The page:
As part of its ongoing crusade to eradicate symbols of Christianity throughout China, communist authorities in the coastal Zhejiang province have demolished yet another Christian church building after reportedly claiming that the church’s cross was too high and thus in violation of building codes.
According to the religious freedom group China Aid, a demolition team of several dozen people destroyed the Island Head Christian Church on April 13 in the city of Wenzhou, under the pretense that the building was illegally constructed. While church leaders and other members of the faithful resisted the demolition at first, they later yielded when state officials threatened the demonstrators.
One of the church members estimated that the razing of the three-story church represents a cost of some 3 million Yuan (U.S. $460,000).
In China’s first conference on religious freedom in fifteen years last weekend, President Xi Jinping demanded that “unyielding Marxist atheists” impose communism onto the nation’s religious groups.
“We must resolutely guard against overseas infiltrations via religious means and prevent ideological infringement by extremists,” Xi said at the meeting. Members of the Chinese Communist Party, he asserted, must be “unyielding Marxist atheists, consolidate their faith, and bear in mind the Party’s tenets.”
Xi also said that communists have a special obligation to steer teenagers away from religion, while religious leaders must “interpret religious doctrines in a way that is conducive to modern China’s progress and in line with our excellent traditional culture.”
David Ro, international deputy director for East Asia of the Lausanne Movement, has proposed that the Communist Party’s clampdown on Christian churches may reflect a campaign to “indigenize” Christianity, removing traces of its ties with the West.
Churches with “huge buildings and highly visible red crosses appear to resemble Western cathedrals, in contrast to the less visible ‘indigenous’ house church Christianity which some officials may feel is more appropriate for China,” Ro wrote.
Ro also cited internal politics as well as an “emerging leftist movement with nostalgia for Mao” among possible factors behind the ongoing persecution.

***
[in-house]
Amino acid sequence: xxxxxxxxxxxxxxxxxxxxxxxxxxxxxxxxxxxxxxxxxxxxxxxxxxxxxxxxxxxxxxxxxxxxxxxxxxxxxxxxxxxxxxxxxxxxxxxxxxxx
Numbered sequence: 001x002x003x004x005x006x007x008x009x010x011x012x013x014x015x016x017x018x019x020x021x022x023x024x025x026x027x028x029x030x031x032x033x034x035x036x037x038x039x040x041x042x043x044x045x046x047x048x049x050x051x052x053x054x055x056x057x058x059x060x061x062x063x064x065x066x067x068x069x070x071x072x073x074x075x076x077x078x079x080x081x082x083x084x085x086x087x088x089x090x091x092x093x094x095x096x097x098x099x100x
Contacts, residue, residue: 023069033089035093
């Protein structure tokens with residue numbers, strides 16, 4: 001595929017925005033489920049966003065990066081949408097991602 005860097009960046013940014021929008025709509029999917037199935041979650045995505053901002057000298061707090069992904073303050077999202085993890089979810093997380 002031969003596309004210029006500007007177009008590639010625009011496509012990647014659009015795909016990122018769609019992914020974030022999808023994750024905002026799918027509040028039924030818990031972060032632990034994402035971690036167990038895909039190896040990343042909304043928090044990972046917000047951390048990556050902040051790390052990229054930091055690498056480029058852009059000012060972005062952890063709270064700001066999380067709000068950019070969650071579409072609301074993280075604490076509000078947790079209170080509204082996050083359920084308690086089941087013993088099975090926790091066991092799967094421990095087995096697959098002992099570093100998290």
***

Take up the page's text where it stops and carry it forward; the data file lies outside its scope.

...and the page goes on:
Last weekend, President Xi said that all religions should promote “Chinese culture… Chinese laws and regulations” for the imposition of “socialist modernization” on society.
China’s relentless campaign against the Christian cross has continued unabated since 2014 and reflects a particular hostility toward the central symbol of the Christian faith.
“The authorities have attached great importance to this religious symbol,” said Zheng Leguo, a pastor from the Zhejiang province who now lives in the United States. “This means no more prominent manifestation of Christianity in the public sphere.”
Since 2014, communist authorities across the Zhejiang province have destroyed more than 2,000 church crosses, with more than 50 destroyed in Wenzhou during the month of March alone. Officials often cite violations of building regulations as justification for the demolitions.
Informed observers estimate that some six million Chinese citizens belong to the underground Catholic Church faithful to Rome, and who do not identify as members of the communist-controlled Patriotic Association.
So-called dissident priests who refuse to conform are subject to torture in “reeducation” programs or simply disappear. At least five priests have been “disappeared” across China during April alone. A sixth was found dead, a death ruled a “suicide” but widely considered an act of state aggression against the Church by those who knew him.
Last weekend, a report came to light of the case of Chinese authorities burying a Christian woman alive with a bulldozer. The woman, a pastor’s wife named Ding Cuimei, was suffocated on April 14 after standing before a church the Chinese government had decreed must be demolished.
Pastor Li Jiangong was buried with his wife, though he managed to survive, clawing his way out.
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